Alberta Straub, once described as “the Alice Waters of booze,” has been mixing up sublime adult beverages made with herbs, spices, and fresh fruits and vegetables for the past six years at San Francisco’s Orbit Room Café, a casual spot near the Mission District. Straub’s mixology has even attracted the attention of Pepsi, which tapped her to help come up with new flavors.
In summer, Straub might shake up a hibiscus cooler. In winter, she may mix up something with lavender and cardamom. CHOW sat down at the Orbit Room bar and asked Straub how she does it.
What’s the deal with “the perfect martini”? Is it really all that hard to make?
That’s just a bunch of b.s., because anyone can make it. It needs to be cold, and not totally diluted, but other than that, it’s not that hard. It’s ridiculous when people say “martini” and don’t want vermouth in it! I like my martini with vermouth. Otherwise, it’s just cold alcohol.
Shaken or stirred?
Traditionally, clear beverages are stirred and others shaken. It has to do with dilution.
I’ve seen people ask you to put more booze in their drink because they can’t taste the alcohol. Should they be tasting it?
Usually the people who are saying that ordered some sugary-sweet drink like a mojito. I’ll tell them, “If you want to taste the alcohol, you should get a Manhattan or a martini!” I want there to be multifaceted flavors. In a cocktail that’s well made, you’ll taste different things at different times.
How do you do that?
Aperitifs. This is probably the only bar in the city that has Pimm’s and Campari in the speed rack. Also, I like to use cucumber, which adds bitterness, and ginger to add heat. I started making my own ginger sugar by simmering ginger all day with simple syrup. I really like bitter flavors, so I also make bitter sugar.
That’s the concoction in an unmarked bottle I see you using. How do you make bitter sugar?
I’ll first muddle sugar with leafy vegetable things, like mint and cucumber. This last bunch I tried using—what’s that red lettuce vegetable called that’s really bitter?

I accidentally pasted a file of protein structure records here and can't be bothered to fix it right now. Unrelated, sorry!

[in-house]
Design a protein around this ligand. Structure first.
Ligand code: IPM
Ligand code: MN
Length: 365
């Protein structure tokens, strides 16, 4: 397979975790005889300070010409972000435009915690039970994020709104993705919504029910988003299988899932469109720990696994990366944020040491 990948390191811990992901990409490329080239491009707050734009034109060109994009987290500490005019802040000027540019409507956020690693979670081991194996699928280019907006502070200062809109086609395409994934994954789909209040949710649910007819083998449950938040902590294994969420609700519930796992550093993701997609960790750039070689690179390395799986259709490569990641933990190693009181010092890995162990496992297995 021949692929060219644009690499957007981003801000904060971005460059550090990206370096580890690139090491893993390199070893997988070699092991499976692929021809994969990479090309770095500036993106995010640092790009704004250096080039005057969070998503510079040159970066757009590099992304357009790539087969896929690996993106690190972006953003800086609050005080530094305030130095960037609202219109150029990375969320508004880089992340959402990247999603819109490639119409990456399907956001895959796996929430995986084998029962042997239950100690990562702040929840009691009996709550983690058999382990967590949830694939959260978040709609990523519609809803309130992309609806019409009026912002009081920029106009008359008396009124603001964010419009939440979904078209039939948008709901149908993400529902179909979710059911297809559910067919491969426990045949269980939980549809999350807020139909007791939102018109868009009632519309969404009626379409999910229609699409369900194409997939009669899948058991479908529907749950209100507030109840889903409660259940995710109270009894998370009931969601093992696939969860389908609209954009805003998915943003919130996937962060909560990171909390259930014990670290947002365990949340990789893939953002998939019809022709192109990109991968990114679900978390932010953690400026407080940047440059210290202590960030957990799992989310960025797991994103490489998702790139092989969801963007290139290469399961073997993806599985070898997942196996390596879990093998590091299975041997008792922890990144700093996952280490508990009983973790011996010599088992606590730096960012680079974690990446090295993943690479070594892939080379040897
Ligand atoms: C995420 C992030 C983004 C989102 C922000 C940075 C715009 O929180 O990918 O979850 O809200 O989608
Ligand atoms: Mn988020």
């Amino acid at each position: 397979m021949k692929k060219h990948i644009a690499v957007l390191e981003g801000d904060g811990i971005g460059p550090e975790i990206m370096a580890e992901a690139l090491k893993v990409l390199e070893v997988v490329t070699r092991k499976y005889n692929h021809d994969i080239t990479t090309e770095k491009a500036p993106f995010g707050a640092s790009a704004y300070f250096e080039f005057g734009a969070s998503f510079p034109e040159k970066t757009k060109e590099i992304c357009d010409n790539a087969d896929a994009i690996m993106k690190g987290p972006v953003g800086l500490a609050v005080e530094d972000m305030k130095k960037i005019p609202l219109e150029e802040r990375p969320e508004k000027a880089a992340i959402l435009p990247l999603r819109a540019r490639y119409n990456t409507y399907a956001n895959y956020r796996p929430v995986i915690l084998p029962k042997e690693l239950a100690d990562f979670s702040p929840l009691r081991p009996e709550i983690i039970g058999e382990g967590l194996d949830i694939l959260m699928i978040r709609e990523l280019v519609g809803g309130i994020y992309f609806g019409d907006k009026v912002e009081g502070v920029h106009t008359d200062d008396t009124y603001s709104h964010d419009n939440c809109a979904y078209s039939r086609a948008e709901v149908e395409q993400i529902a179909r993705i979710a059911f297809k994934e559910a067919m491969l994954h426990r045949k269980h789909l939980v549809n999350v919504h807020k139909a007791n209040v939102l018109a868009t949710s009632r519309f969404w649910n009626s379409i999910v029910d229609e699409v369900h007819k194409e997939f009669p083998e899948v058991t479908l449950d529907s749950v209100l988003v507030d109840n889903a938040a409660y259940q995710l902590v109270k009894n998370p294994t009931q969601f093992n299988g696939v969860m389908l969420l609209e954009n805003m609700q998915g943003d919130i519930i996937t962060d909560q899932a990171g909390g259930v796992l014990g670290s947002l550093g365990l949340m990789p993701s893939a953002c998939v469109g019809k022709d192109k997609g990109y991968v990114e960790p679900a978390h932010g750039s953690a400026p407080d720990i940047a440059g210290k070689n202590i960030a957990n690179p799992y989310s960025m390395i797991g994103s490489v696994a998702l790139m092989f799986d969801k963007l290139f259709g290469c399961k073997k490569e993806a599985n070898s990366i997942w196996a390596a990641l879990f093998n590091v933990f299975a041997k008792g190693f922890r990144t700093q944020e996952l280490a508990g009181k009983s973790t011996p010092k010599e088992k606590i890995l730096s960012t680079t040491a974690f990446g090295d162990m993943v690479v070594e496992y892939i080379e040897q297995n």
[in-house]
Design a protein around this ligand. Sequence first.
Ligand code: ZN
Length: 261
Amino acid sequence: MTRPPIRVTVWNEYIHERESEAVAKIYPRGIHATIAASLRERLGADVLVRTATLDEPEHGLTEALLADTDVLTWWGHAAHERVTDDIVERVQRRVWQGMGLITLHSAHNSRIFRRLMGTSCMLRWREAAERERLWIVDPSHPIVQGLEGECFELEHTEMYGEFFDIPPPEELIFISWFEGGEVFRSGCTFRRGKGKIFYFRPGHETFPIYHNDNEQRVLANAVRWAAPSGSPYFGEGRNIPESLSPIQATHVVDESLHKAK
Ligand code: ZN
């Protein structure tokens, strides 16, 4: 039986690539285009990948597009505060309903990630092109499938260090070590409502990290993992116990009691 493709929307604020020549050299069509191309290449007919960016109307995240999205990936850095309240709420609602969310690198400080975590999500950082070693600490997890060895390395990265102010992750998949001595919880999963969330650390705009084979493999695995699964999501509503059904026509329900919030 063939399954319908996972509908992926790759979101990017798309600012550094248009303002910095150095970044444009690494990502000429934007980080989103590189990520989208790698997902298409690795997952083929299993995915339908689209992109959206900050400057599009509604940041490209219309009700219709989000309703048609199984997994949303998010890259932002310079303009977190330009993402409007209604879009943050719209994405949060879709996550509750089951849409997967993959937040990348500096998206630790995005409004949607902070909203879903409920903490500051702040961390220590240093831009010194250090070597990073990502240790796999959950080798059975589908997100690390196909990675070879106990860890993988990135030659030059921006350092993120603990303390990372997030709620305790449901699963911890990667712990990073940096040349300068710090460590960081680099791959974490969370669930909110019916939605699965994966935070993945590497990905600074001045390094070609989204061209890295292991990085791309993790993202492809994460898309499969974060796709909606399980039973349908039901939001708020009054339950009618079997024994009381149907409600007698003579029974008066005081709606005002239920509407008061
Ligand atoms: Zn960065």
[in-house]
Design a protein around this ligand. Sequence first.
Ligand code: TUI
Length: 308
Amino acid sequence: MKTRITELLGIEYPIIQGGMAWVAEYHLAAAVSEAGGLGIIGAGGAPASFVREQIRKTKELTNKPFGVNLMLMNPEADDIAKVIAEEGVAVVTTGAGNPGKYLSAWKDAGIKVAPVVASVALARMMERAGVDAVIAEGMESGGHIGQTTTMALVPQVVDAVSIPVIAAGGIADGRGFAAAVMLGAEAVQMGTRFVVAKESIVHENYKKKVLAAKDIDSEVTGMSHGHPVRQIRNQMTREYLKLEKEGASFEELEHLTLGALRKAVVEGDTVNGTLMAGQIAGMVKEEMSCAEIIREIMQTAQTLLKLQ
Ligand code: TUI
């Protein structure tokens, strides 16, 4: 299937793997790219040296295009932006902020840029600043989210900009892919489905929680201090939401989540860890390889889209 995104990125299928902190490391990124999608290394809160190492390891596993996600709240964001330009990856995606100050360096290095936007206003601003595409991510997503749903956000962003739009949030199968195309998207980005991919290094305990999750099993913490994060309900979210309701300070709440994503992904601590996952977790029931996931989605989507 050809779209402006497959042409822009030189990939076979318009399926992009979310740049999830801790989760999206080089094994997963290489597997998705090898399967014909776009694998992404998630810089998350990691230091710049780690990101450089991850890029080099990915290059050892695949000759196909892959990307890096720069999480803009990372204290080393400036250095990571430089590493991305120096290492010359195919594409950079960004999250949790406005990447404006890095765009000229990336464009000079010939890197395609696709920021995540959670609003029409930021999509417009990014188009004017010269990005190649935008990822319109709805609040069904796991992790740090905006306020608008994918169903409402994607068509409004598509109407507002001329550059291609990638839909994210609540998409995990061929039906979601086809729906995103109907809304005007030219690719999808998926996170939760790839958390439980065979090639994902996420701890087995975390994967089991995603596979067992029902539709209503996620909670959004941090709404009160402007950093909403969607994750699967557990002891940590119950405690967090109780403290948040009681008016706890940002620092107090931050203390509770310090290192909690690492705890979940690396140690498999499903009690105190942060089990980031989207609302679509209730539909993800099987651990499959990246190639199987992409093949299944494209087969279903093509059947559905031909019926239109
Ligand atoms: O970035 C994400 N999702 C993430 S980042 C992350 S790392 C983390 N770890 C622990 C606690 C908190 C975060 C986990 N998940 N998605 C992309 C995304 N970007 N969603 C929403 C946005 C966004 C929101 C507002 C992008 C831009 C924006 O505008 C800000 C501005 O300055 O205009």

Yeah, radicchio. I muddle those with sugar, and then I add the sugar to water and put in grapefruit slices, juniper berries, and elderberries. Typically you’d want to simmer that in a Crock-Pot, but we don’t have one, so I just put the pot on top of the toaster oven in the bar for a couple of days.
Haven’t you also used lavender?
Yes. I’ll find something that smells pungent and put it in the bitter sugar. But there’s a fine line between interesting and tasting like potpourri.
Have you ever made mistakes?
The most dangerous thing I did was when I started infusing my own vodka, and I filled the entire bottle up with jalapeños because they looked so nice. I almost gave a customer a heart attack!
I see you’re infusing some vodka now.
That’s for my Bloody Marys. It has fresh horseradish root, coriander, ancho chiles, bay leaves, and some lemon rind.
And you make your spice mix to dip the rim of the glass in.
We call that “edging.” It has ancho chile powder, garlic powder, black pepper, horseradish powder, sometimes cayenne…I just experiment.
What’s your favorite forgotten drink?
I brought the Aviation (a mixture of gin, maraschino cherry liqueur, and lemon juice) to the Orbit Room. I also really like the Negroni, equal parts gin, sweet vermouth, and Campari. Few bartenders know how to make it. I think they’re afraid of the vermouth. I had a customer who asked me to make a card for him to give to bartenders, telling them how to make the Negroni.
I tried to think of how I could design it so that the bartender wouldn’t spit in his drink. Finally, I made him this card that looked like those cards that deaf people hand out on the subway. It started off saying, “Hello, Bartender. I’m a deaf cocktail snob.”
The Orbit Room Cafe
1900 Market Steet
San Francisco, CA 94102
Photograph by Paul Trapanni; hair and makeup by Lindsay Arnold/Koko